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Return to sender: AOL nixes e-mail rule

AOL Time Warner, the e-mail titan's parent company, is no longer requiring its many high-profile divisions to exclusively use a service developed by its Netscape subsidiary.

America Online, the world's most popular Internet service, seems to be losing its home-field advantage.

Executives at AOL Time Warner, the parent company of AOL, are no longer requiring its many high-profile divisions to exclusively use an e-mail service developed by AOL's Netscape subsidiary. This flies in the face of a directive established last May that required all AOL Time Warner employees to use AOL technology as their corporate e-mail service.

Since the merger between AOL and Time Warner, executives have been trying to weave AOL's influence throughout the company's array of media and entertainment divisions. In the case of using AOL e-mail, the move was a gesture of solidarity behind the service and also offered potential cost savings by eliminating licensing fees for corporate e-mail software, such as Microsoft's Outlook or IBM's Lotus Notes.

Some AOL Time Warner divisions, including magazine publisher Time Inc. and Warner Music Group, were required to use a customized product developed by AOL's Netscape.

AOL Time Warner spokeswoman Tricia Primrose said the Netscape product was developed to meet specific needs of the company's various divisions.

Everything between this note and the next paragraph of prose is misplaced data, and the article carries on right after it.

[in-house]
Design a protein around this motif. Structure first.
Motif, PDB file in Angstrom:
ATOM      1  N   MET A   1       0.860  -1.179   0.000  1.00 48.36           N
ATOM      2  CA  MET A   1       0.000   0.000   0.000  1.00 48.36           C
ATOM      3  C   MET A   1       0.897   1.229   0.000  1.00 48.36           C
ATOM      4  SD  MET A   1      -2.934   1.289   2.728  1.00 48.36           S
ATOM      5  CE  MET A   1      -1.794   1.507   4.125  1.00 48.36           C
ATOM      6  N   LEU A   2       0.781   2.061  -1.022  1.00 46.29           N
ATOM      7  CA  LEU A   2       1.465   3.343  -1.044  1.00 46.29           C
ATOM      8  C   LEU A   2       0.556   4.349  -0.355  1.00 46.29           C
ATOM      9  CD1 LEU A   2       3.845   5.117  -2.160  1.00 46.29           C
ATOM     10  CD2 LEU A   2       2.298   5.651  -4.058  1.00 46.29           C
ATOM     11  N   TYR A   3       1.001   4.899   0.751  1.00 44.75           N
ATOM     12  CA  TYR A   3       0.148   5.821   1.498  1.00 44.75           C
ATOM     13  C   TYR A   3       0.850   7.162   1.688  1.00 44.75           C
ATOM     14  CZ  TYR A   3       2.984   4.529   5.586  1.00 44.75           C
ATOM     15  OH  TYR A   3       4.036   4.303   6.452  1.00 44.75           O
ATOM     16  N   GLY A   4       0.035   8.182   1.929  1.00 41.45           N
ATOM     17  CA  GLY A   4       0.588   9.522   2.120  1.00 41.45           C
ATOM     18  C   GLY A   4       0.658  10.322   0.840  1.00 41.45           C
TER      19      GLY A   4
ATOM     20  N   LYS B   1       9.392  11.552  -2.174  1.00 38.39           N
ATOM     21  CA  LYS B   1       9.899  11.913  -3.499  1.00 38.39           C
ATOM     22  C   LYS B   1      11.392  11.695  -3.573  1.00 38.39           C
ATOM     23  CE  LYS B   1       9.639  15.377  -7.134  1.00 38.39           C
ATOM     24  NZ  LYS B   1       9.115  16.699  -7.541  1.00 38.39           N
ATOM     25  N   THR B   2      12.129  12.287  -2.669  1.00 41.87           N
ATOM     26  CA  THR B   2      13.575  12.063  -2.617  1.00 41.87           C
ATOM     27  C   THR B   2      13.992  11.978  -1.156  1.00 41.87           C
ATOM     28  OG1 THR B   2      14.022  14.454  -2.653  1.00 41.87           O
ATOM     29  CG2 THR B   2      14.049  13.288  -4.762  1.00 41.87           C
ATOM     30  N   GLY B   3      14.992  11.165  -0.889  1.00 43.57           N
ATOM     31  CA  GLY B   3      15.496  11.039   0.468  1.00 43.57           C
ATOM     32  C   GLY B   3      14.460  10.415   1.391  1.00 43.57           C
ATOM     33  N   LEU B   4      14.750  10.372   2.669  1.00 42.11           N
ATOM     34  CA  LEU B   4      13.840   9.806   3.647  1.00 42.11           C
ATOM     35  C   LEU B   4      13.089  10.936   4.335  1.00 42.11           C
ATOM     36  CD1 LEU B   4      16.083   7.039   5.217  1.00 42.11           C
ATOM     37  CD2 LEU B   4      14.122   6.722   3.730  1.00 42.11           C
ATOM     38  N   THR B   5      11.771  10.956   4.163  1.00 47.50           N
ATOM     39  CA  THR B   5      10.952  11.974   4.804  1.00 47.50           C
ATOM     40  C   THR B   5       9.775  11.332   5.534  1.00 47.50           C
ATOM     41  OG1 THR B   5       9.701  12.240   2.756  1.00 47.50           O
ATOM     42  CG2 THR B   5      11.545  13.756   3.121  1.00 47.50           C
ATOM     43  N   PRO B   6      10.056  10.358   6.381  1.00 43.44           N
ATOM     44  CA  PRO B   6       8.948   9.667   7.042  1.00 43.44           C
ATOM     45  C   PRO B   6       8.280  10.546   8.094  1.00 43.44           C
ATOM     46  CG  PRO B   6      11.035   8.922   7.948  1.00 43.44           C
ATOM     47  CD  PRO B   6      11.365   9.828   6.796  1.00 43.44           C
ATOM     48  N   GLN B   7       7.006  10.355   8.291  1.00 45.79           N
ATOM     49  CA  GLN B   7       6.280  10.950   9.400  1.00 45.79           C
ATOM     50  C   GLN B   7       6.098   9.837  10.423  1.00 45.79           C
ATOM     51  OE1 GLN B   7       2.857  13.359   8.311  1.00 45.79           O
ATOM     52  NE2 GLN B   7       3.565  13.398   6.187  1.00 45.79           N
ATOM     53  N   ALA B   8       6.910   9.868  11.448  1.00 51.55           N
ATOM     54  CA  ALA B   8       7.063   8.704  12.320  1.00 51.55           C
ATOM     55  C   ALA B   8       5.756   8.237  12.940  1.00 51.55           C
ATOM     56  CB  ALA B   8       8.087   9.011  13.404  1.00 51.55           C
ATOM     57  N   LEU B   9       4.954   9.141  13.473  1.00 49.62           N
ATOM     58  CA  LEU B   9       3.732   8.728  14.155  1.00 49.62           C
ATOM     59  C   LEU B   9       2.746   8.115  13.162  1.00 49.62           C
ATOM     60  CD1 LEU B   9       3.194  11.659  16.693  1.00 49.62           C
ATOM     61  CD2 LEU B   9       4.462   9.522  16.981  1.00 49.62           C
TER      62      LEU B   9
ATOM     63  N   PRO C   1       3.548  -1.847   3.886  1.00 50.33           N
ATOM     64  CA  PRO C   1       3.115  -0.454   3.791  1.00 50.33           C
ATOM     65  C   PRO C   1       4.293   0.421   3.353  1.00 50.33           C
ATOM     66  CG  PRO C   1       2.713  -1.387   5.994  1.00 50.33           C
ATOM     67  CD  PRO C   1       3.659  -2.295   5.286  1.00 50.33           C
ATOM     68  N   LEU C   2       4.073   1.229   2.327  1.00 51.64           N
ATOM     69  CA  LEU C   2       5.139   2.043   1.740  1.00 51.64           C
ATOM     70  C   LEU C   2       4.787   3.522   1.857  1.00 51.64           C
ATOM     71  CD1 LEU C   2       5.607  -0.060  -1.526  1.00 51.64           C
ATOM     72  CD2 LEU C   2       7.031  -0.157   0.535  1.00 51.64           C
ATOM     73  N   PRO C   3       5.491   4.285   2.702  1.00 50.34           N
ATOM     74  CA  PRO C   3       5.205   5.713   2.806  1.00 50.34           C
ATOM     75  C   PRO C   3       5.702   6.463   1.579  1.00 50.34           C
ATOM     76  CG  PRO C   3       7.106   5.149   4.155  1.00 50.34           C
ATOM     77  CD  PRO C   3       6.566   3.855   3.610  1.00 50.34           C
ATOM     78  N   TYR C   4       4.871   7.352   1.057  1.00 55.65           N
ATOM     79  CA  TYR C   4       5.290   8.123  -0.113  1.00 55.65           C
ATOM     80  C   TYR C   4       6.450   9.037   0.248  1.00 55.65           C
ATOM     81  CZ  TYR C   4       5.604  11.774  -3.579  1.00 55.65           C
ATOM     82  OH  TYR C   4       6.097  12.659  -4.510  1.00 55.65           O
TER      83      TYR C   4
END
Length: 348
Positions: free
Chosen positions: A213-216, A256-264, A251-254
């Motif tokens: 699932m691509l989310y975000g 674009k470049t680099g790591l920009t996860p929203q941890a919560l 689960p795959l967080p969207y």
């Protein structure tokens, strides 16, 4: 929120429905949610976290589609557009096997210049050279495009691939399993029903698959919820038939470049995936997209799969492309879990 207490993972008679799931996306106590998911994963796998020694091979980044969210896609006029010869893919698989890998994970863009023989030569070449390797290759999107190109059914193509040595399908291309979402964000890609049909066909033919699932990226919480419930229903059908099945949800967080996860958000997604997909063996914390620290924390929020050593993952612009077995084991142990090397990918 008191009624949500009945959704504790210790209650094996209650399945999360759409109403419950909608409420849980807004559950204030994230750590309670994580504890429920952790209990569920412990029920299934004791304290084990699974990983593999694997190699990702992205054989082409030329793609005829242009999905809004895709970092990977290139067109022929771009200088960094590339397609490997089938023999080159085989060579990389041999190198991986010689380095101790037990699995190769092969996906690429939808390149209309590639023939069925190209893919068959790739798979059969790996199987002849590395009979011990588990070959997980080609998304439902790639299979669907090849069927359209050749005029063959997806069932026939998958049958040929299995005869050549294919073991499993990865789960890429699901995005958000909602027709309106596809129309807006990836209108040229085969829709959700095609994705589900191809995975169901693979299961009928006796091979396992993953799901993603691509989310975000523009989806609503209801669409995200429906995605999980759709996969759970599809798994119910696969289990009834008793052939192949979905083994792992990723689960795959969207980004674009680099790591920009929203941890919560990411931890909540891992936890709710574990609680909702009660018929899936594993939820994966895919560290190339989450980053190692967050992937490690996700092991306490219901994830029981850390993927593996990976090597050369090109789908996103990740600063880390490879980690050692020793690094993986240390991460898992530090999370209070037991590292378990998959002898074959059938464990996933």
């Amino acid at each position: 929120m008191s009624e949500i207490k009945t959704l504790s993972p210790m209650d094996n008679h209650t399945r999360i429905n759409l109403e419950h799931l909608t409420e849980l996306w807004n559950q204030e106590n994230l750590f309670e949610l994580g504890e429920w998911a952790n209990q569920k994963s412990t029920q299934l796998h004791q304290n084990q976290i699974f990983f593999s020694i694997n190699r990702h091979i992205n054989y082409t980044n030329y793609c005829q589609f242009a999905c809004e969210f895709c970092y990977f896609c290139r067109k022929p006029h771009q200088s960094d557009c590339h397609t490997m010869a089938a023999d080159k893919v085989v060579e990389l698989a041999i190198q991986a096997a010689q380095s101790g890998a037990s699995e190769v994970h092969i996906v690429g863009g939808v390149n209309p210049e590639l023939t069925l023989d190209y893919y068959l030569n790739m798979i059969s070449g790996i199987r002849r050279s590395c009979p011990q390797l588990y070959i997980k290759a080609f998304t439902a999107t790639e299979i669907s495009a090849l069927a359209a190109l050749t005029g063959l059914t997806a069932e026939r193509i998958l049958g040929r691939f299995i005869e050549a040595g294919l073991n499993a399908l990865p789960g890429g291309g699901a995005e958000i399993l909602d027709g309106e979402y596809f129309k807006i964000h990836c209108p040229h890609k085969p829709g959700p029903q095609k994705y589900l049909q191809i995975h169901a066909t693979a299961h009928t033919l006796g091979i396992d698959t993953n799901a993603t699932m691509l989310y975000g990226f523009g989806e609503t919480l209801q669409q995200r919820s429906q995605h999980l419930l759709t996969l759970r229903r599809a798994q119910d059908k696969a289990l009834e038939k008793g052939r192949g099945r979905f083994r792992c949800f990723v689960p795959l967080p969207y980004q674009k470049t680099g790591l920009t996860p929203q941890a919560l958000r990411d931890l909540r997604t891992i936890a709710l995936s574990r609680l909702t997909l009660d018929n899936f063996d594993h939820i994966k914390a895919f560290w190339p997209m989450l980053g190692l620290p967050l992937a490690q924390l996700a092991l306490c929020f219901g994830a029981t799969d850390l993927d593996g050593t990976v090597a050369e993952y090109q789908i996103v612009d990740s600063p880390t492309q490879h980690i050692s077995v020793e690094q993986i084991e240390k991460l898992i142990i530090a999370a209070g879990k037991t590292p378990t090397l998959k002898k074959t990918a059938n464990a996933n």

"Unfortunately, it didn't work for everybody," Primrose said. "So we decided to give everybody the choice that met their needs. Some will stay with it, some will move to others."

AOL Time Warner divisions now are permitted to license e-mail management software from non-affiliated companies, such as Microsoft and IBM.

Other divisions have decided to stick with AOL and/or Netscape consumer e-mail products including AOL corporate, AOL Time Warner corporate and Time Warner Cable, according to Ann Brackbill, a spokeswoman for the AOL division.

Brackbill added that since the merger, the company has also consolidated its network backbone onto AOL's, which has made network operations across the company more efficient.

In the past, AOL Time Warner employees had been quick to complain about being forced to use AOL's e-mail system. The complaints mainly centered on the system's shortcomings for daily business tasks such as difficulty in sending large attachments and a reliance on cumbersome security features, according to an AOL Time Warner employee who spoke under the condition of anonymity.

AOL Time Warner executives have been trying to show how the marriage between the companies would chart a new course for the media empire. The company has taken steps to reduce costs by consolidating the technical management of all its Web sites, including those from Time Inc. magazines and Warner Bros. Executives have also been touting the company's ability to cross-promote its offline products, such as movies and television shows, to AOL's Internet audience.

However, most of these crossover benefits have been anecdotal. Furthermore, AOL Time Warner's latest financial earnings report showed that the AOL division, under fire for its lackluster financial growth, gained $138 million worth of advertisements from other AOL Time Warner divisions during the fourth quarter of 2001. That spending helped the AOL division report less of a revenue loss from the sour advertising environment.

News.com's John Borland contributed to this report.